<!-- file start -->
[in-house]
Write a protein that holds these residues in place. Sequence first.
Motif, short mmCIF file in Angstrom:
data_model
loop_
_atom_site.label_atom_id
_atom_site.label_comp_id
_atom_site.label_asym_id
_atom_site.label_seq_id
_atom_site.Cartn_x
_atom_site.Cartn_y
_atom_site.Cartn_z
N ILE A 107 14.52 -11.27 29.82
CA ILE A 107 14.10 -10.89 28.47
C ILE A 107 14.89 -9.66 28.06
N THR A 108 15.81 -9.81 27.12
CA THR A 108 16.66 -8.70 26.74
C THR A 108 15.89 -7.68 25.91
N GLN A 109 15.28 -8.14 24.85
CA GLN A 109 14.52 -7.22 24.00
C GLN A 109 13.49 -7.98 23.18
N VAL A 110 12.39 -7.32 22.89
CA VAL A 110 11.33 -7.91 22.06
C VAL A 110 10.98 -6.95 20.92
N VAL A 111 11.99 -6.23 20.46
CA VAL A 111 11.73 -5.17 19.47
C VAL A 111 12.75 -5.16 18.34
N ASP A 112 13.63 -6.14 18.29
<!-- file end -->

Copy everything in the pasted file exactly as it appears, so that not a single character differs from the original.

[in-house]
Write a protein that holds these residues in place. Sequence first.
Motif, short mmCIF file in Angstrom:
data_model
loop_
_atom_site.label_atom_id
_atom_site.label_comp_id
_atom_site.label_asym_id
_atom_site.label_seq_id
_atom_site.Cartn_x
_atom_site.Cartn_y
_atom_site.Cartn_z
N ILE A 107 14.52 -11.27 29.82
CA ILE A 107 14.10 -10.89 28.47
C ILE A 107 14.89 -9.66 28.06
N THR A 108 15.81 -9.81 27.12
CA THR A 108 16.66 -8.70 26.74
C THR A 108 15.89 -7.68 25.91
N GLN A 109 15.28 -8.14 24.85
CA GLN A 109 14.52 -7.22 24.00
C GLN A 109 13.49 -7.98 23.18
N VAL A 110 12.39 -7.32 22.89
CA VAL A 110 11.33 -7.91 22.06
C VAL A 110 10.98 -6.95 20.92
N VAL A 111 11.99 -6.23 20.46
CA VAL A 111 11.73 -5.17 19.47
C VAL A 111 12.75 -5.16 18.34
N ASP A 112 13.63 -6.14 18.29